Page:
Go beyond FIFO measures in sustainable aquafeed
A recent article published in Fisheries Science and Aquaculture Reviews argues that aquatic food manufacturers must take into account a range of social, environmental and economic indicators when formulating sustainable foods. They explain that fish oil and fishmeal in fishing (FIFO) replacement measures are only part of the sustainability picture of aquafeed – focusing exclusively on these areas could undermine other environmental and social initiatives in the sector.
There are environmental tradeoffs when aquatic food manufacturers replace fish-based protein with other materials. Replacing fishmeal and fish oil with soybeans can have serious consequences for deforestation and land conversion. The creation of new food ingredients can generate high volumes of CO₂. In some cases, using fishmeal and fish oil from a sustainably managed fishery may be ‘greener’ than using a soybean or corn-based aquaculture feed. The aquafeed industry needs a larger lens to account for the environmental impacts of the various components of the feed. Taking a holistic view will help the sector achieve its sustainability goals.
How can the aquafeed industry become more sustainable?
The researchers identified four key areas where the aquaculture sector could focus sustainability efforts. They included immediate actions that would address environmental and food safety concerns, as well as longer-term strategies.
Food formulation and ingredient selection
Producers must ban the use of unapproved chemicals and feed additives – antibiotics, hormones, pigments, and non-protein compounds can provide short-term benefits, but undermine long-term sustainability goals. Formulators should also exclude unsustainable marine food ingredients in aquatic foods. This includes flours, oils, hydrolysates derived from overexploited wild fisheries, as well as ingredients from other marine animal and plant species. Formulators should also remove unsustainable and adulterated terrestrial food ingredients. Food ingredients that are linked to deforestation and land conversion should be kept away from aquaculture feed, and the use of heavily subsidized feed ingredients should also be phased out. For biosecurity purposes, formulators should prohibit re-feeding (feeding fish or processing waste from the same species).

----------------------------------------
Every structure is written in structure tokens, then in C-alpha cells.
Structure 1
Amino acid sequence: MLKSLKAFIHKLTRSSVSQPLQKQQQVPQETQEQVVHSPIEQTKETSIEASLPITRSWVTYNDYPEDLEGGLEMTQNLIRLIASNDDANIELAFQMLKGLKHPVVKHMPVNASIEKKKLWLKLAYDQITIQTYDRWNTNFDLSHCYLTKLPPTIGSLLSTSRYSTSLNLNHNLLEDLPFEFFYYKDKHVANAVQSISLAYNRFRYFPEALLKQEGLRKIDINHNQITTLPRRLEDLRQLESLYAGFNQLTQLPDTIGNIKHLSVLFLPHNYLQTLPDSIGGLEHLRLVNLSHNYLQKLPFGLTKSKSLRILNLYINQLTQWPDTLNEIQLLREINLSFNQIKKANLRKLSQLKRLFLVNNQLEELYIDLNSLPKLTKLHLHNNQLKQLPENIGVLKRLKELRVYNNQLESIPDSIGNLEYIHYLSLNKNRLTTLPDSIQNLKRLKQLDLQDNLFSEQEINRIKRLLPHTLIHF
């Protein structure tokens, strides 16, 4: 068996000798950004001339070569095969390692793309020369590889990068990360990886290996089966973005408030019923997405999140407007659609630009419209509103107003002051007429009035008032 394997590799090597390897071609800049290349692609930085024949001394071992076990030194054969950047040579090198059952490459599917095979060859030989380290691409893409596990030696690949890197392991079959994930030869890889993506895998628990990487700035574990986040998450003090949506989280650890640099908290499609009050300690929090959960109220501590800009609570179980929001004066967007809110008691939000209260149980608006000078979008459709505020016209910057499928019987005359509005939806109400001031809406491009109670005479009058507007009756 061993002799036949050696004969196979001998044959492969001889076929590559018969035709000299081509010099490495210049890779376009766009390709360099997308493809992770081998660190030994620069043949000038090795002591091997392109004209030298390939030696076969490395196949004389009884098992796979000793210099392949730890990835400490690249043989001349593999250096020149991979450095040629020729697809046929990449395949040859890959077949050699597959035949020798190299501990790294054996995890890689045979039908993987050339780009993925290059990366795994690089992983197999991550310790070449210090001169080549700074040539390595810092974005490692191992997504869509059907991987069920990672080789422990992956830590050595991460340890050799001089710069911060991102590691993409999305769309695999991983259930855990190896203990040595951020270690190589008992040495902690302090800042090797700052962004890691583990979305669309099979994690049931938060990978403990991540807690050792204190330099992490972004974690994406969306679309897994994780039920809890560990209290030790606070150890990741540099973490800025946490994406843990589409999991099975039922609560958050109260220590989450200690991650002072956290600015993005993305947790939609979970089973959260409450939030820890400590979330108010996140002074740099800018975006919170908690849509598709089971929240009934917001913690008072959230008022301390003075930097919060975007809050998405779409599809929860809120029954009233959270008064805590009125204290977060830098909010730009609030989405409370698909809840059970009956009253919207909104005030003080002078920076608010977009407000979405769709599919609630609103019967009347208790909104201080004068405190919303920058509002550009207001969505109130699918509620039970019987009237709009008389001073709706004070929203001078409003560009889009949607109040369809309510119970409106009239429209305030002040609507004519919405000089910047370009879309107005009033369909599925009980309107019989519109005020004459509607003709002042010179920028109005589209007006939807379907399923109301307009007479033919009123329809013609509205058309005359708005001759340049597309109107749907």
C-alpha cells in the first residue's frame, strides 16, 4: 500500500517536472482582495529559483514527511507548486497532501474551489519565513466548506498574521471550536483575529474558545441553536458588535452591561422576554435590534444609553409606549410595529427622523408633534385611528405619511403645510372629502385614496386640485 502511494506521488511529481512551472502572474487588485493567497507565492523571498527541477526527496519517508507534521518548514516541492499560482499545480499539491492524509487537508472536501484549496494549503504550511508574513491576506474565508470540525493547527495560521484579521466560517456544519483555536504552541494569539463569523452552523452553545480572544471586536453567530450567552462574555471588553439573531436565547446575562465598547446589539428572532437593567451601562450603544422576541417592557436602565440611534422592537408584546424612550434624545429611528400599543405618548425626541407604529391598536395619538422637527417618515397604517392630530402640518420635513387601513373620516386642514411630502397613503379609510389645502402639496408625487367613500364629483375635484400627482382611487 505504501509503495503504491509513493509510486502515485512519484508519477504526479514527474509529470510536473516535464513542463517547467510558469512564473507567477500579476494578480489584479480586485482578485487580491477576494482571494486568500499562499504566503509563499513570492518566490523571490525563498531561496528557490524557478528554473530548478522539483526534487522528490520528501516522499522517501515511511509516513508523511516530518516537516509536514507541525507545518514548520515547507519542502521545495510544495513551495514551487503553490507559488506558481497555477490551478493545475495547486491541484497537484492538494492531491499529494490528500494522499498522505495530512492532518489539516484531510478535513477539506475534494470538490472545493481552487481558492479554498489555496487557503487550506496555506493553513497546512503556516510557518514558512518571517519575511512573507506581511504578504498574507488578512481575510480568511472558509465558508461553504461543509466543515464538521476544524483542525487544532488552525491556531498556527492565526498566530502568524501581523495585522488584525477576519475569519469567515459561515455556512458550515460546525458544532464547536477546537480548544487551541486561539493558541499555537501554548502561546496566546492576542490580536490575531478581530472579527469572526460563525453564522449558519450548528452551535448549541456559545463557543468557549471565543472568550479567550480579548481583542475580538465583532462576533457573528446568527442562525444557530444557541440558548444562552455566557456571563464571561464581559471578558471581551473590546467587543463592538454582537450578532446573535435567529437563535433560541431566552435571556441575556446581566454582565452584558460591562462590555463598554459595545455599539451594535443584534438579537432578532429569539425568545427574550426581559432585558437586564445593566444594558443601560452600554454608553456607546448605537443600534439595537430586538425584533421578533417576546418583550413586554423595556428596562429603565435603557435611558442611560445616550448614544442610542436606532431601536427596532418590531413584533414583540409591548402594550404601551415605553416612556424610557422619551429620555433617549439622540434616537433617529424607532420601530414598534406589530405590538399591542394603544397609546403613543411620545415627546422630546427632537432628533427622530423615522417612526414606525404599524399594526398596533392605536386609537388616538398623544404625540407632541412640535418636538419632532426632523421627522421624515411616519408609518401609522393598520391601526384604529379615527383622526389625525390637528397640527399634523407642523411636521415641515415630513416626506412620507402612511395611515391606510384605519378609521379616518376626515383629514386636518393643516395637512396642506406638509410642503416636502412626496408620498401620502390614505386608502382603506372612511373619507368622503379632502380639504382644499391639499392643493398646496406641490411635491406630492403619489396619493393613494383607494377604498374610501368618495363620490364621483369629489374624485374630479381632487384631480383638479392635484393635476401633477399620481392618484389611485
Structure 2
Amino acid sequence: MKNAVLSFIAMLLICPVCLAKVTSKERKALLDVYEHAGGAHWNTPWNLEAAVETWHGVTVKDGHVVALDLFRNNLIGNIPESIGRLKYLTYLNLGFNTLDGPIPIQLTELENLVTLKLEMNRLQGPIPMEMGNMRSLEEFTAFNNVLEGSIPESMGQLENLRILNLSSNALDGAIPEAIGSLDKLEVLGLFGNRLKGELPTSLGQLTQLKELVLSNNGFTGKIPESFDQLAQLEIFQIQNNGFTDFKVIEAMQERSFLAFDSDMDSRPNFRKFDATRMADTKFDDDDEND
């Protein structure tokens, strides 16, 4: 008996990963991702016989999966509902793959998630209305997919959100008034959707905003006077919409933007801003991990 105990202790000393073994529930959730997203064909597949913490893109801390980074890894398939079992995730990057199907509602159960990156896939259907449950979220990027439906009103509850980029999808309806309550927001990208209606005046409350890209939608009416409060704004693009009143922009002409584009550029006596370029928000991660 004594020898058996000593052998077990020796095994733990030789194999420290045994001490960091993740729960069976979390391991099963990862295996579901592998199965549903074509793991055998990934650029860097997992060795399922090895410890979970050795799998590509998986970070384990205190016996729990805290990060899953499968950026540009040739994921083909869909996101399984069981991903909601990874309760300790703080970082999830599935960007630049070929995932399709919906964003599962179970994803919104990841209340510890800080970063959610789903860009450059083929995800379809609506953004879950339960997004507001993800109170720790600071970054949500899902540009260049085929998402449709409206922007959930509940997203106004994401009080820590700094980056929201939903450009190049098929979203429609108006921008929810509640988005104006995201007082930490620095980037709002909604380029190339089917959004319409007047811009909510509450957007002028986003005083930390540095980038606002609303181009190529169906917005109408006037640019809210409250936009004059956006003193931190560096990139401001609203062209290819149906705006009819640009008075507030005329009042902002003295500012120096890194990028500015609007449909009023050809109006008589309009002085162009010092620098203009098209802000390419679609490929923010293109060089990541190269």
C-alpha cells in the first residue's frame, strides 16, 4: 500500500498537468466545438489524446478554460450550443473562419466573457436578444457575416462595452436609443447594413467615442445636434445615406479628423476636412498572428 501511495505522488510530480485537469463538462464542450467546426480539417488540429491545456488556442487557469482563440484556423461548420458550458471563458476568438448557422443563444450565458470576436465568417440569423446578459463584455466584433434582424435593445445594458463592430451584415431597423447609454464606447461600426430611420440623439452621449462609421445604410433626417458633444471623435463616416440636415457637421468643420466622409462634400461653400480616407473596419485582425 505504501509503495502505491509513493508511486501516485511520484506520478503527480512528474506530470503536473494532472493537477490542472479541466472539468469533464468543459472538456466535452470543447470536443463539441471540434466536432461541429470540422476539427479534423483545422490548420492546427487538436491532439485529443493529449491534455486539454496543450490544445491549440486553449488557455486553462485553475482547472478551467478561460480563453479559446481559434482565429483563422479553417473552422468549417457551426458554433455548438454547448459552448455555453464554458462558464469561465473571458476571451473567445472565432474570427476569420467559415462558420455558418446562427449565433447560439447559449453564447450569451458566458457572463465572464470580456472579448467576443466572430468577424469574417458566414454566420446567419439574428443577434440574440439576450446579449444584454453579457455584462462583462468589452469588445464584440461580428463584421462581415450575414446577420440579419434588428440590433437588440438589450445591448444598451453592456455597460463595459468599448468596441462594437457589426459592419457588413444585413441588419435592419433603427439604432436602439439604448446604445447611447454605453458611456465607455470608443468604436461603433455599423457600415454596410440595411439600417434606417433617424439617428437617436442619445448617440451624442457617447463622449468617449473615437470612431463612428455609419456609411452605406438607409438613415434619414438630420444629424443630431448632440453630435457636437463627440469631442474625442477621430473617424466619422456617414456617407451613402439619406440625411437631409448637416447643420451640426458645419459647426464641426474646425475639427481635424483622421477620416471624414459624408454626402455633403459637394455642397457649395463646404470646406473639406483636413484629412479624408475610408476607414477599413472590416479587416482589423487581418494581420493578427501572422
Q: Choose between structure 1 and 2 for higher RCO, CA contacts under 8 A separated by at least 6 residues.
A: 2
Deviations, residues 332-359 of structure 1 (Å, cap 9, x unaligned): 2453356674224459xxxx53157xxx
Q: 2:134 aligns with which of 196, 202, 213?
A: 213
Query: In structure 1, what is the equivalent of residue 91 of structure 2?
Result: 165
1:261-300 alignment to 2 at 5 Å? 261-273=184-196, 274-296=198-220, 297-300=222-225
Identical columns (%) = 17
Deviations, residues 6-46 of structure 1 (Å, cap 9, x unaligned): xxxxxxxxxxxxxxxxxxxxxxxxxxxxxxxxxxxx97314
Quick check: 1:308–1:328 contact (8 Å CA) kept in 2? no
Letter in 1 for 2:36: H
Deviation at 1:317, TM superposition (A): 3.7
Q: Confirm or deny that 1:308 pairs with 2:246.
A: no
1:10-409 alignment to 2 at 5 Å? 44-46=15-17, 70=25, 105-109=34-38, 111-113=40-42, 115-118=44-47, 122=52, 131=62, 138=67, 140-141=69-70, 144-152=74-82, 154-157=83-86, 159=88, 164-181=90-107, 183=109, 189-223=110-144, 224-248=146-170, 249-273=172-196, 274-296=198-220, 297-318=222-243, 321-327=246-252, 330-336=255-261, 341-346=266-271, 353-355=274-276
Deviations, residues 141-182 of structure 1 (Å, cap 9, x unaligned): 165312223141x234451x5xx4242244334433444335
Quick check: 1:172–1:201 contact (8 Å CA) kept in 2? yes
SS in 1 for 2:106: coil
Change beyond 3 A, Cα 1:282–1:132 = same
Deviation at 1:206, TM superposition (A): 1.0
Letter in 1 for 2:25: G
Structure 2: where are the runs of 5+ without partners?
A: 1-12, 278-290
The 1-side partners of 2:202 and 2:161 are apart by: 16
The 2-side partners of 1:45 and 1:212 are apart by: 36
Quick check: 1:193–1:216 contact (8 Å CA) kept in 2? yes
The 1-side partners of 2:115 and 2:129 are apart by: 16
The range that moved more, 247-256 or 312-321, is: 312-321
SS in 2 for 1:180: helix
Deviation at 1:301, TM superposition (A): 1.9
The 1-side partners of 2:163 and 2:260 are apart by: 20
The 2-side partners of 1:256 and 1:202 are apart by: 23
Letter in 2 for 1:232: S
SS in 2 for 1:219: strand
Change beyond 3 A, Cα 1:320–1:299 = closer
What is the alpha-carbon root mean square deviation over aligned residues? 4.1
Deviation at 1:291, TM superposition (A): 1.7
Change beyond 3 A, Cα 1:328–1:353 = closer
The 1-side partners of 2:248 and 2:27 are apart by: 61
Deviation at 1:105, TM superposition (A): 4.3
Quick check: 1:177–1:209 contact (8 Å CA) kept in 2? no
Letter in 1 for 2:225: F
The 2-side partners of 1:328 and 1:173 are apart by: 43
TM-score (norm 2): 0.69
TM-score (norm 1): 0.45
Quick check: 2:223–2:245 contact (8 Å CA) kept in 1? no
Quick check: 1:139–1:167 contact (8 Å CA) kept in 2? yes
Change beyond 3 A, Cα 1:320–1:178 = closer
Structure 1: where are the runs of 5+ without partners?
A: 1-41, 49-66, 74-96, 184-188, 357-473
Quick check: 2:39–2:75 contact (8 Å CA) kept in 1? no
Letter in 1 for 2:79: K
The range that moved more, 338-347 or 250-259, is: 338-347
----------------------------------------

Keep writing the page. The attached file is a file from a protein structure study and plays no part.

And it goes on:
By taking a broader view of feed formulation, the researchers recommend reducing the carbon footprint of aquatic feeds. This means reducing the use and amount of imported food ingredients while increasing the amount of locally available or recycled ingredients.
Food manufacturing and food quality
Improving oversight and transparency in this segment of the value chain would offer huge sustainability benefits. Ensuring that manufacturing plants are managed in accordance with national labor, environmental and quality standards would address many of the criticisms leveled at the aquaculture sector. Transparent labels on aquafeed would also be a major step forward.
In the long run, the researchers suggest that feed manufacturers minimize the use of plant sweeps and waste treatment in finished feeds. Setting up internal research and development teams to test new food additives, determine the apparent digestibility of nutrients and collect agricultural data would also be a boon in terms of sustainability. This type of research would provide crucial baseline data and ensure that factories produce high quality and efficient aquaculture feed.
On-farm feed use and its impacts
Researchers highlight data collection and farm stewardship as key ways to improve sustainability. By optimizing feed systems and feed use, farmers can reduce costs and address many environmental concerns arising from production. If farmers can regularly monitor parameters such as feed consumption, biomass, water quality, survival and feed efficiency, they will be able to identify problems and take immediate action. . Fish farmers should monitor nutrient waste levels during the rearing cycle to get a better idea of the environmental impact of their food.
When focusing specifically on feed, the researchers note that farmers should store aquatic feed in protected, cool, and well-ventilated conditions to ensure nutrient stability. They also recommend that farmers use feed on a first in, first out basis. Top dressing of aquafeeds with other ingredients such as antibiotics and growth promoters should be prohibited.
Fish quality and food safety
At this point in the value chain, the focus was on the impact of aquafeed on the finish quality of the fish. Aquaculture products must meet food safety and nutritional standards when they arrive on the market, especially if they are intended for human consumption. If aquaculture feeds hamper this part of the value chain, it undermines other sustainability efforts.
As a long-term strategy, the researchers suggest that aquatic food manufacturers maximize the use of farmed fish and shellfish. The reuse of trimmings and scraps for human consumption in fast food or ready meals would add value for producers and reduce food waste. Taking these steps would allow the aquafeed industry to become more efficient and help it follow a more sustainable course.